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97  structures 8991  species 0  interactions 92755  sequences 2024  architectures

Family: DnaJ (PF00226)

Summary: DnaJ domain

Pfam includes annotations and additional family information from a range of different sources. These sources can be accessed via the tabs below.

This is the Wikipedia entry entitled "Chaperone DnaJ". More...

Chaperone DnaJ Edit Wikipedia article

DnaJ C terminal region

Molecular chaperones are a diverse family of proteins that function to protect proteins from irreversible aggregation during synthesis and in times of cellular stress. The bacterial molecular chaperone DnaK is an enzyme that couples cycles of ATP binding, hydrolysis, and ADP release by an N-terminal ATP-hydrolizing domain to cycles of sequestration and release of unfolded proteins by a C-terminal substrate binding domain. Dimeric GrpE is the co-chaperone for DnaK, and acts as a nucleotide exchange factor, stimulating the rate of ADP release 5000-fold[1]. DnaK is itself a weak ATPase; ATP hydrolysis by DnaK is stimulated by its interaction with another co-chaperone, DnaJ. Thus the co-chaperones DnaJ and GrpE are capable of tightly regulating the nucleotide-bound and substrate-bound state of DnaK in ways that are necessary for the normal housekeeping functions and stress-related functions of the DnaK molecular chaperone cycle.

Besides stimulating the ATPase activity of DnaK through its J-domain, DnaJ also associates with unfolded polypeptide chains and prevents their aggregation[2]. Thus, DnaK and DnaJ may bind to one and the same polypeptide chain to form a ternary complex. The formation of a ternary complex may result in cis-interaction of the J-domain of DnaJ with the ATPase domain of DnaK. An unfolded polypeptide may enter the chaperone cycle by associating first either with ATP-liganded DnaK or with DnaJ. DnaK interacts with both the backbone and side chains of a peptide substrate; it thus shows binding polarity and admits only L-peptide segments. In contrast, DnaJ has been shown to bind both L- and D-peptides and is assumed to interact only with the side chains of the substrate.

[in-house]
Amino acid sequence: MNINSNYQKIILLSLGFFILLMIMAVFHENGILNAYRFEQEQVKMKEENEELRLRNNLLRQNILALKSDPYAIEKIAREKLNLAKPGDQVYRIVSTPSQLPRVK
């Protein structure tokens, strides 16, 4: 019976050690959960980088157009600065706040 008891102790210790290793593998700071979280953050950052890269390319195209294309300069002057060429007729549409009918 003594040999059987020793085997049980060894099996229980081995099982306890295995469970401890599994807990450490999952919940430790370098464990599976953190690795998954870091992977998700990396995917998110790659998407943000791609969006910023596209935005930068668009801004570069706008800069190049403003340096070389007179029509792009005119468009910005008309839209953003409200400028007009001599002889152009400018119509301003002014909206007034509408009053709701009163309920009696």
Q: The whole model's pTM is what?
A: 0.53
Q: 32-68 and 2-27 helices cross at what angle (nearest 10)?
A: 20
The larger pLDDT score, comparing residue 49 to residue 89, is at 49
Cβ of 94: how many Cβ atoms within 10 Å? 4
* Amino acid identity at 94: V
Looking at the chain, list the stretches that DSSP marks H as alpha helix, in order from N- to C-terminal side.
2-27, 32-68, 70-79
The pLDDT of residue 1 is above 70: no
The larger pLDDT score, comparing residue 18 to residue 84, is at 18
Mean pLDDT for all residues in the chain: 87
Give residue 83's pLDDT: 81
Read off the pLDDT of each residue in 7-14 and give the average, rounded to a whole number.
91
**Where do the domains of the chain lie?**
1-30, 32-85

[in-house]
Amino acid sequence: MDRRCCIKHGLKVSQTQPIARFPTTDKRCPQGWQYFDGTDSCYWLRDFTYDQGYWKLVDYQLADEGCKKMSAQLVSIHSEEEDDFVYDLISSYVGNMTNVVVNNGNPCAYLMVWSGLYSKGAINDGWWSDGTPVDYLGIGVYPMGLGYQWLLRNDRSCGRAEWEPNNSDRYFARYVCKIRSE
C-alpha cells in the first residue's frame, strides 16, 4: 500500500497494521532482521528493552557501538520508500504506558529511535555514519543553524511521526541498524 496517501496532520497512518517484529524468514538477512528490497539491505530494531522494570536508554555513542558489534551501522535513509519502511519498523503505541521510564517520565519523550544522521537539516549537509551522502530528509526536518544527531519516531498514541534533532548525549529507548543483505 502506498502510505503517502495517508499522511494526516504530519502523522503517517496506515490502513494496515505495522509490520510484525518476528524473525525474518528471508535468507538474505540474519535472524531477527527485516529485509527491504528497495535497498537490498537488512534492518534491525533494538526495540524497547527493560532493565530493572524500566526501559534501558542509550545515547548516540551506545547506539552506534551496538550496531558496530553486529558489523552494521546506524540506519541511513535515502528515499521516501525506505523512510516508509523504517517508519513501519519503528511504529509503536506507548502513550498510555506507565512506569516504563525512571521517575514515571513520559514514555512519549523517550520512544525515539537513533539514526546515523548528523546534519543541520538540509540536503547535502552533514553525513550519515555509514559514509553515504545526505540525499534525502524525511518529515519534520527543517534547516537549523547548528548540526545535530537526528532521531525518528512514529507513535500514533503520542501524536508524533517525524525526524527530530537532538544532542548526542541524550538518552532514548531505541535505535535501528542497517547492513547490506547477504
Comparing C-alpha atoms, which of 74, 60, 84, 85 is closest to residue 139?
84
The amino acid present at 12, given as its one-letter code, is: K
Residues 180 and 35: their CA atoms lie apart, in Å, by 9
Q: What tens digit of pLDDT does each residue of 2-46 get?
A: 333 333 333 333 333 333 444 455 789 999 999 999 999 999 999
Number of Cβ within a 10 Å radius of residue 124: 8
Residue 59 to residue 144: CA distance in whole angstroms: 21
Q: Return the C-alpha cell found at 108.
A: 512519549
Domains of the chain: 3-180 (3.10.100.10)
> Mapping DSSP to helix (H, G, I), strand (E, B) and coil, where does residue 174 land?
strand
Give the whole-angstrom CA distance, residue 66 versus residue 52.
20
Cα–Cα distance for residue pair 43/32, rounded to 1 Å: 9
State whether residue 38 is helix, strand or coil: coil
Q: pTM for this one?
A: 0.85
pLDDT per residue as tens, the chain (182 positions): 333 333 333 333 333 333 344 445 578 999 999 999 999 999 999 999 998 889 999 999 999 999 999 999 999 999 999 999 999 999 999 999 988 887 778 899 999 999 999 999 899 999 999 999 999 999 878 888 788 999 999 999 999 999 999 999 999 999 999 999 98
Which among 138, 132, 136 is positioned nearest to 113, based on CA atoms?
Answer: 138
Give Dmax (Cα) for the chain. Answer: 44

This domain consists of the C-terminal region of the DnaJ protein. Although the function of this region is unknown, it is always found associated with InterPro: IPR001623 and InterPro: IPR001305.

Human proteins containing this domain



  1. ^ Douglas MG, Cyr DM, Langer T (1994). "DnaJ-like proteins: molecular chaperones and specific regulators of Hsp70". Trends Biochem. Sci. 19 (4): 176–181. PMID 8016869.{{cite journal}}: CS1 maint: multiple names: authors list (link)
  2. ^ Christen P, Han W (2004). "cis-Effect of DnaJ on DnaK in ternary complexes with chimeric DnaK/DnaJ-binding peptides". FEBS Lett. 563 (1): 146–150. PMID 15063739.
This article incorporates text from the public domain Pfam and InterPro: IPR002939

This page is based on a Wikipedia article. The text is available under the Creative Commons Attribution/Share-Alike License.

This tab holds the annotation information that is stored in the Pfam database. As we move to using Wikipedia as our main source of annotation, the contents of this tab will be gradually replaced by the Wikipedia tab.

DnaJ domain Provide feedback

DnaJ domains (J-domains) are associated with hsp70 heat-shock system and it is thought that this domain mediates the interaction. DnaJ-domain is therefore part of a chaperone (protein folding) system. The T-antigens, although not in Prosite are confirmed as DnaJ containing domains from literature [2].

Literature references

  1. Cyr DM, Langer T, Douglas MG; , Trends Biochem Sci 1994;19:176-181.: DnaJ-like proteins: molecular chaperones and specific regulators of Hsp70. PUBMED:8016869 EPMC:8016869

  2. Stubdal H, Zalvide J, Campbell KS, Schweitzer C, Roberts TM, DeCaprio JA; , Mol Cell Biol 1997;17:4979-4990.: Inactivation of pRB-related proteins p130 and p107 mediated by the J domain of simian virus 40 large T antigen. PUBMED:9271376 EPMC:9271376